Now keep in mind that all the unique and changing variables, such as current health or current weapon, would still need to be set for each instance of the soldier. Scriptable Objects are not magic – they’re just a useful tool.

Another thing to keep in mind is that Scriptable Objects are not the actual data we are trying to store – more accurately, they are a framework for the data we wish to store.

To demonstrate this, let’s go back to our RTS example from above – as of now we have many soldiers of one type that are all referencing their common values off of a single Scriptable Object.

But what if we want to create a new type of soldier? Do we have to write a new Scriptable Object?

No, we simply create a new instance of the Scriptable Object, modify the values to our liking, then assign that new Scriptable Object instance to our new soldier’s prefab.

So we could have a “light soldier” where the values are set on the Scriptable Object to have a low maximum health but a high movement speed; and a “heavy soldier” with high maximum health, but a slow movement speed.

So in a sense, we only wrote one Scriptable Object, that can have infinitely many variations, and infinitely many GameObjects that can reference each of these different variations.

And best of all, editing the values is done right in the inspector window, so new variations can easily be created by anyone regardless of programming ability.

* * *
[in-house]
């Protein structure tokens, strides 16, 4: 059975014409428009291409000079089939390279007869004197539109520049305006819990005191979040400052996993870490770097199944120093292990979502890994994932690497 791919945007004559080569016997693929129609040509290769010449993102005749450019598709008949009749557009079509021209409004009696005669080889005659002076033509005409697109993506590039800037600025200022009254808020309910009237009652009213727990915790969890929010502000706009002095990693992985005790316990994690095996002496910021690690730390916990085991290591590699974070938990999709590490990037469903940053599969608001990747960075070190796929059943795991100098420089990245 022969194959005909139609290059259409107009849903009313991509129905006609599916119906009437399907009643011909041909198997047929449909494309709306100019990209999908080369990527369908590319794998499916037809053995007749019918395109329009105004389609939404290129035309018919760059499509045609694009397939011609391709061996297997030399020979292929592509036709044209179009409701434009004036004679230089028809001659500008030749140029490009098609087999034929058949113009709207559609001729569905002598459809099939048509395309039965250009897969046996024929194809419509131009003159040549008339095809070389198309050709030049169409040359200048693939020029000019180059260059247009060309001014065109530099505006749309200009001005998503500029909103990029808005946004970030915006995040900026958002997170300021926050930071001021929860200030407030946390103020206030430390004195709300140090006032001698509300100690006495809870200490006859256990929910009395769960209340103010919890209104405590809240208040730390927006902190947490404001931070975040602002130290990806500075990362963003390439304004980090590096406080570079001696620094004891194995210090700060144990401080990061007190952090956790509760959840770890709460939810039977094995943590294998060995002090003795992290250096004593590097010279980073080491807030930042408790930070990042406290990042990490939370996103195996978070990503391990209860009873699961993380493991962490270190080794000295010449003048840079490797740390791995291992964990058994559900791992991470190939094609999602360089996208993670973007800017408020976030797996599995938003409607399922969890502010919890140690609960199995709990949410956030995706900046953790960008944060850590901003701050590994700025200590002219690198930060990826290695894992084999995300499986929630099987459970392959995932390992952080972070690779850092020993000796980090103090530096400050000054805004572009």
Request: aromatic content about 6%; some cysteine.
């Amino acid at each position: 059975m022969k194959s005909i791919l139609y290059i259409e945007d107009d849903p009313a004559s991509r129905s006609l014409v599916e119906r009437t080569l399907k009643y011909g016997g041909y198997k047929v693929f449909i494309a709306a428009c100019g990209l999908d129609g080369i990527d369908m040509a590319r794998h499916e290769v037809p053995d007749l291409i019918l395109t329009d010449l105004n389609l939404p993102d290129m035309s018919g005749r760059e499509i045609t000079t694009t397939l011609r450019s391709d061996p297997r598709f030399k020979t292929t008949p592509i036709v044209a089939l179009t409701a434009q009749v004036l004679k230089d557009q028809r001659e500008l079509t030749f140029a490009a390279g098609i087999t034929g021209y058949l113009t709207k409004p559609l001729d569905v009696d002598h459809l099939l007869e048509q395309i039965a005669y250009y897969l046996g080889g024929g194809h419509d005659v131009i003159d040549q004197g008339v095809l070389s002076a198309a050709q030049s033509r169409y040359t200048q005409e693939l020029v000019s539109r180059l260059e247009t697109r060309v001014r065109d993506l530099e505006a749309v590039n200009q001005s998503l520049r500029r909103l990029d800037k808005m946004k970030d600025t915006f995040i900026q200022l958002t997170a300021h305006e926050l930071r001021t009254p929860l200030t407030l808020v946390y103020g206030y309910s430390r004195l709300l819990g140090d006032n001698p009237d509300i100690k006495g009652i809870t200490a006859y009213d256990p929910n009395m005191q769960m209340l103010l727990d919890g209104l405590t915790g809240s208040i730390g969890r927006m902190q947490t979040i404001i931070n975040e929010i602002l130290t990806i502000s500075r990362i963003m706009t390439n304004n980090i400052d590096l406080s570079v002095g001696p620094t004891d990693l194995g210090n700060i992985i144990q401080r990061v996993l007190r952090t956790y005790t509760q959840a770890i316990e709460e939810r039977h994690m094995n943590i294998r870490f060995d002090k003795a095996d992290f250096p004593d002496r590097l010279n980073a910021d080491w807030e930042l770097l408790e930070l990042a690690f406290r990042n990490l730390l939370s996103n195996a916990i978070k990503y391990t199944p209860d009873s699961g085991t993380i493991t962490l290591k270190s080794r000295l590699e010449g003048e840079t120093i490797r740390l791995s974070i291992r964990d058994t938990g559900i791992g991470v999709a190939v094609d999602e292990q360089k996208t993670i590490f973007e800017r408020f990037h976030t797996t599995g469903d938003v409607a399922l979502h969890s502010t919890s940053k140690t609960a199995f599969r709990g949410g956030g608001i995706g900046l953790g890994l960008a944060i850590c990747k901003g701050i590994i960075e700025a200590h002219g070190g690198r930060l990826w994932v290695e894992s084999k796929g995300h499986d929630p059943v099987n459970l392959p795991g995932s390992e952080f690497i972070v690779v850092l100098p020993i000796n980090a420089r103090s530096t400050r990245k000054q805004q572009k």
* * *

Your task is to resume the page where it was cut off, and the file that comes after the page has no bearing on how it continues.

Click here to learn more about the inspector window

So that is more or less the theory behind Scriptable Objects. Don’t worry if it doesn’t quite make sense to you just yet – next I’m going to walk you through creating and using Scriptable Objects, and you’ll have a much more tangible understanding of how they work.

2. How to Create and Use Scriptable Objects

To begin creating a new Scriptable Object, first create a new C# script the same way you normally would. It can be helpful (though not necessary) to name the class in such a way that lets you know it is a special class. I often append the word “properties” to my Scriptable Object classes, i.e. SoldierProperites.cs

Alright, now open up the script and clear out the Start() and Update() functions. All you need to do now is change the script to inherit from ScriptableObject instead of MonoBehaviour. So your script should look like this:

public class SoldierProperties : ScriptableObject
{
}